In the Eastern Valleys of Wales the most populous sub-tribe have little cultural affinity with the West or North, they vote almost exclusively on the grounds of deprivation, the sudden and traumatic change in world economic affairs of the mid and late 20th century.  The market and competition crept unseen into the likes of the Rhondda valleys, now many generations of underprivileged and poorly educated unemployed are mired in a parochial tribe that looks no further than the welfare state, and the enemy for ever the Tories of Shire England.

In the North where Airbus is a very big (New age technology) employer, where the English border is close at hand and open for business, where Liverpool and Cheshire are good neighbours, enough of dependence, a change is afoot.  A key thing in this formerly socialist area is its less emphasis on cultural affinity, here we have Liverpool soccer supporters and not a blind allegiance to the Welsh warriors of the National Stadium in Cardiff. This is where the socialist agenda has been, at least temporarily, abandoned.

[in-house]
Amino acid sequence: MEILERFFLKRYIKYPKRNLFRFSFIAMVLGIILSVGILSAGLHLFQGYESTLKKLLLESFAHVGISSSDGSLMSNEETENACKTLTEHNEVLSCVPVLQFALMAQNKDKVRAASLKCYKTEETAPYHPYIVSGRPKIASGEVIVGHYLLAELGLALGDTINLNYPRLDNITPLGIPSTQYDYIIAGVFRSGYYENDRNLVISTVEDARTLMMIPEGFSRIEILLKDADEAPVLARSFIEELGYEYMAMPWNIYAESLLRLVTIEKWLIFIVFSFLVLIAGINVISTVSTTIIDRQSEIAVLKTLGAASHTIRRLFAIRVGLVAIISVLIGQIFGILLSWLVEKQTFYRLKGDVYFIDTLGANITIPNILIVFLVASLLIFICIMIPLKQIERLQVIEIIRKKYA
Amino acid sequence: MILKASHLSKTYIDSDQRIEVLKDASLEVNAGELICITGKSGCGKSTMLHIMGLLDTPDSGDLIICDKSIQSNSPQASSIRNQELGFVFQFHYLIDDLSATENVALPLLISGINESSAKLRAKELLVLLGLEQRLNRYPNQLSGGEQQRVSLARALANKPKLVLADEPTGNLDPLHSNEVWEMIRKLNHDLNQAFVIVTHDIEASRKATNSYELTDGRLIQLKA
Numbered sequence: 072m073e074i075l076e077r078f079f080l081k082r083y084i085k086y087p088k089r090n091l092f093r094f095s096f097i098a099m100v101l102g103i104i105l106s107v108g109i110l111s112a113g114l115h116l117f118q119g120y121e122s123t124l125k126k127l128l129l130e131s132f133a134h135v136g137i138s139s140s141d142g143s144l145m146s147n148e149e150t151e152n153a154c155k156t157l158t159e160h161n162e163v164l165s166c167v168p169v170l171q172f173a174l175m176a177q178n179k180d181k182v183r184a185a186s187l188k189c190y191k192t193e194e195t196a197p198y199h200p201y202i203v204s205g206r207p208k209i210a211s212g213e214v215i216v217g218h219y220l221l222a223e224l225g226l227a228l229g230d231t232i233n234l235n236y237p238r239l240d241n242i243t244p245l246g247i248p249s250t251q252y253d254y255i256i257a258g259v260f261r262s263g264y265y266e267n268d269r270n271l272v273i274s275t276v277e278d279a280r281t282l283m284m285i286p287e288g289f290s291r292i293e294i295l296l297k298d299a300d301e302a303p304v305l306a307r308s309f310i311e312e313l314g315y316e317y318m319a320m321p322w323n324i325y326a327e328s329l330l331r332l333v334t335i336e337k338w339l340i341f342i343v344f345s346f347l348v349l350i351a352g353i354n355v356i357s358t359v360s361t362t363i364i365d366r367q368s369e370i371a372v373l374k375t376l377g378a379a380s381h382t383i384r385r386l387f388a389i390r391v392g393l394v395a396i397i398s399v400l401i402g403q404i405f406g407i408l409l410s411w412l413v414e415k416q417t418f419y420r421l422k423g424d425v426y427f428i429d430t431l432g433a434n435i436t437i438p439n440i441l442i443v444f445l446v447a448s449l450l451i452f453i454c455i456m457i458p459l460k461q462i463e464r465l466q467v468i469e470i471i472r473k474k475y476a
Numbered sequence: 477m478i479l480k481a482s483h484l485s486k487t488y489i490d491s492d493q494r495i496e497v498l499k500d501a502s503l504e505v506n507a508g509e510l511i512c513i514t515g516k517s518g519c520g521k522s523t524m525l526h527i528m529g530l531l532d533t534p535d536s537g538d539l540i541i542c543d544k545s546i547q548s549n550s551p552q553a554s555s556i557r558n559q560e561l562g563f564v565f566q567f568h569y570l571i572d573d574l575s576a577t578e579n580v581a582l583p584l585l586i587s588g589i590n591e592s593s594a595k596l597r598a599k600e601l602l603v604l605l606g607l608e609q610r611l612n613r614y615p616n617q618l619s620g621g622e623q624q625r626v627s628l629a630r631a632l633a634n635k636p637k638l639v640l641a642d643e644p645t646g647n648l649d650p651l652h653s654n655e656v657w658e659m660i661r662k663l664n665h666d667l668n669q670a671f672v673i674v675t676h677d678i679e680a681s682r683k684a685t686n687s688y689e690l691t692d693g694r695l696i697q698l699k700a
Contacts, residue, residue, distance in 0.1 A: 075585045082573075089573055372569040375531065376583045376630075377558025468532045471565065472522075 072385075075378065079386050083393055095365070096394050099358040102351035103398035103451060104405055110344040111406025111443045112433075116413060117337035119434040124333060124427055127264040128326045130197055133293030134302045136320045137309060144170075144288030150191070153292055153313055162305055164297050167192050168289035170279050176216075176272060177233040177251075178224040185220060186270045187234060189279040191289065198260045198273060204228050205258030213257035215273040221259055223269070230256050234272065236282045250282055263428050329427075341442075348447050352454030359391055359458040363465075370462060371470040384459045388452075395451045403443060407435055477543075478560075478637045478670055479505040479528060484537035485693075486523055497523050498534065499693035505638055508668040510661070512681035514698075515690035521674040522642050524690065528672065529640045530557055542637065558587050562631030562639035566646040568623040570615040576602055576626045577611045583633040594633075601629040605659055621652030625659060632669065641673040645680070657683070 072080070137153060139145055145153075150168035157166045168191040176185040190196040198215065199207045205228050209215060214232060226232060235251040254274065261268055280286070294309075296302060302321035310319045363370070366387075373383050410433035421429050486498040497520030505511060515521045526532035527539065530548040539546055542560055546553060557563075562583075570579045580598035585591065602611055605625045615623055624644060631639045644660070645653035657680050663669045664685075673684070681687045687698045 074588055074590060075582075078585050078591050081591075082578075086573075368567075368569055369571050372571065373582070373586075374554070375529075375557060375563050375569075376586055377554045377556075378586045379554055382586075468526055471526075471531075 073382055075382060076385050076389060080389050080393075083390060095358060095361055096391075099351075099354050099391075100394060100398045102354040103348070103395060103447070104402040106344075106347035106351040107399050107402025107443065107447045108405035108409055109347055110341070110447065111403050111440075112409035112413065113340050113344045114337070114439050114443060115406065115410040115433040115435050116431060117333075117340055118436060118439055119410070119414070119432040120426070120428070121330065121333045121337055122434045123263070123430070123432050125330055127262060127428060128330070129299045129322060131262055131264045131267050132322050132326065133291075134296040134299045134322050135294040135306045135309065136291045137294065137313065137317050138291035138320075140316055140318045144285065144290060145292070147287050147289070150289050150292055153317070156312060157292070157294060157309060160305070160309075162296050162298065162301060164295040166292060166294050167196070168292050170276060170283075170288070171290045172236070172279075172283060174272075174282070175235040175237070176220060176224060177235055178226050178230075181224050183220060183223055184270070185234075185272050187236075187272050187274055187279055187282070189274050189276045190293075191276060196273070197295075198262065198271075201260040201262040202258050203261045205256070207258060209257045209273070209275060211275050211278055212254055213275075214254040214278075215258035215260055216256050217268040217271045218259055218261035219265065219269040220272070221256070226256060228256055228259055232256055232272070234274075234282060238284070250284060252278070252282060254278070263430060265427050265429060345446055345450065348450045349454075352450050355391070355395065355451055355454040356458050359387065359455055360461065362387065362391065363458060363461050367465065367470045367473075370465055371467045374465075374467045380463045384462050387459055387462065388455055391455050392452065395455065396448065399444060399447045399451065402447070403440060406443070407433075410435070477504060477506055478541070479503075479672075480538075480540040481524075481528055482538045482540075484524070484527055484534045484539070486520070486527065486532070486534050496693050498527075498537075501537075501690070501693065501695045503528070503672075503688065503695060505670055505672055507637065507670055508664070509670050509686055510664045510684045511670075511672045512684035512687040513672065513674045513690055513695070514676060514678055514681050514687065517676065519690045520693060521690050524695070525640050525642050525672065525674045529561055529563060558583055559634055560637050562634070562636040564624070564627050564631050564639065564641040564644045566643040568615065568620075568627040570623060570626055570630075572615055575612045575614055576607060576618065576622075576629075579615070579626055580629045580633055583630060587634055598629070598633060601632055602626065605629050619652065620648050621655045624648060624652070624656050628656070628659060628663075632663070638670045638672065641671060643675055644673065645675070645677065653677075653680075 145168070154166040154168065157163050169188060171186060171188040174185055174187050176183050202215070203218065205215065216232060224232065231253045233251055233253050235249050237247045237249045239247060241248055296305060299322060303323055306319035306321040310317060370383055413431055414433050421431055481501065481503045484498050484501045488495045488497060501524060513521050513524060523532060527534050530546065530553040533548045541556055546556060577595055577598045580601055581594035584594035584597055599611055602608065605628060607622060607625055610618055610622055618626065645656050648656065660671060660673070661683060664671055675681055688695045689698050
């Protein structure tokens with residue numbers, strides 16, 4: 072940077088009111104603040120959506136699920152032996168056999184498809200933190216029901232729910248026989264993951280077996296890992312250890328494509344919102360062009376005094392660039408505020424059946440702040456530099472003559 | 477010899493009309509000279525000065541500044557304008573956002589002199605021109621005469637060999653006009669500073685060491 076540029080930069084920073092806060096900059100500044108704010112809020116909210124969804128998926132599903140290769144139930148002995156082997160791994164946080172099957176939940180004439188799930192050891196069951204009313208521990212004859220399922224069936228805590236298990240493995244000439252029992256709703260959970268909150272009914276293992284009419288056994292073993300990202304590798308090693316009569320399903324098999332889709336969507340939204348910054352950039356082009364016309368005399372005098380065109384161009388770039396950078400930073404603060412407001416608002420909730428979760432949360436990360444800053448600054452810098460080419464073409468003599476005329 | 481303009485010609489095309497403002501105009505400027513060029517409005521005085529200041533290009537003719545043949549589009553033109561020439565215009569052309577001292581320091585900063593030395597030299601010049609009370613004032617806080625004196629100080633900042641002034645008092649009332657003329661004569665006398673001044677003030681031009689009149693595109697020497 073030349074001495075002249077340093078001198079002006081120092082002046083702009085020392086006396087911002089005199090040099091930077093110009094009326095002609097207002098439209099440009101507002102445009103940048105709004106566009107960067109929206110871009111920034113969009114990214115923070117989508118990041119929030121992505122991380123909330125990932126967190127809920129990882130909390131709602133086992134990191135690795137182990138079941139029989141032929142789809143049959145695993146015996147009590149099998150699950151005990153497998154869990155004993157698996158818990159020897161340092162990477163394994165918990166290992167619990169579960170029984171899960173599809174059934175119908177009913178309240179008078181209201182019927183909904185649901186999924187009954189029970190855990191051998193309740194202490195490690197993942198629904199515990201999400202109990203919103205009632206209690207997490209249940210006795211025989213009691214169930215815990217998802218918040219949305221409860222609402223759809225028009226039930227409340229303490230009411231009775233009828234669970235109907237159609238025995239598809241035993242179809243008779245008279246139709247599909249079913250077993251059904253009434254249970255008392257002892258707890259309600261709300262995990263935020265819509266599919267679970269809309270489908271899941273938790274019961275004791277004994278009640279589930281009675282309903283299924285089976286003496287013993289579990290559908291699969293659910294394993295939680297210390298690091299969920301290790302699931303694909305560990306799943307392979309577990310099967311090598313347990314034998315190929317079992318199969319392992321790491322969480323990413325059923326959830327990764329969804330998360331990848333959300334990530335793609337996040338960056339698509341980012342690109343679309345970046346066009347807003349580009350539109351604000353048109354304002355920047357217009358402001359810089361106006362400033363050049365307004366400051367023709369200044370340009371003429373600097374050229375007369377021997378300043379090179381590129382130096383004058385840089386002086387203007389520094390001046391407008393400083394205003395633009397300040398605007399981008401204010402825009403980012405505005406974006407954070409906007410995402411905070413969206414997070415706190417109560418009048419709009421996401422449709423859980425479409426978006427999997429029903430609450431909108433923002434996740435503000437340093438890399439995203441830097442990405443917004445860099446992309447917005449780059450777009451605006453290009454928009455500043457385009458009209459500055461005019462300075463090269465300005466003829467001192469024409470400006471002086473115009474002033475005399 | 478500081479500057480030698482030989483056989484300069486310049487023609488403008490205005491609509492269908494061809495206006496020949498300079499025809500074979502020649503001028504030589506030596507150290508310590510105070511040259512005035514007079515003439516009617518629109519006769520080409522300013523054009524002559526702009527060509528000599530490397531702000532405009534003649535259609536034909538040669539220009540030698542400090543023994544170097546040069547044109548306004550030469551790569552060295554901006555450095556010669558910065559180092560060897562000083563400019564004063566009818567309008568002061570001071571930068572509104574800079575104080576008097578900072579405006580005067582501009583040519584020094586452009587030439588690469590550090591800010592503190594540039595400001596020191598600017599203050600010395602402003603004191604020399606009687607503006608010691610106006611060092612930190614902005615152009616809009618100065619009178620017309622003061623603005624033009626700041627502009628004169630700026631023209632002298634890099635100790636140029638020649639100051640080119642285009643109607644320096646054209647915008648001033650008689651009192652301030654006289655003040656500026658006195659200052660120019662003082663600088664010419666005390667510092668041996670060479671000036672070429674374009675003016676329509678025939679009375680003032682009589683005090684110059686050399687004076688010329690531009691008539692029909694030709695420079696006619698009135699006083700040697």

Nationalism is a free-floating ideological version of tribalism.
All that being said, the pragmatic elements of culture, breeding, and cohabitation are not universally necessary. Collective identities can form, based entirely on mental qualities: ideas or ideals that one takes to heart and identifies with. When these mental qualities transcend the classic tribal parochialism, we have Nationalism.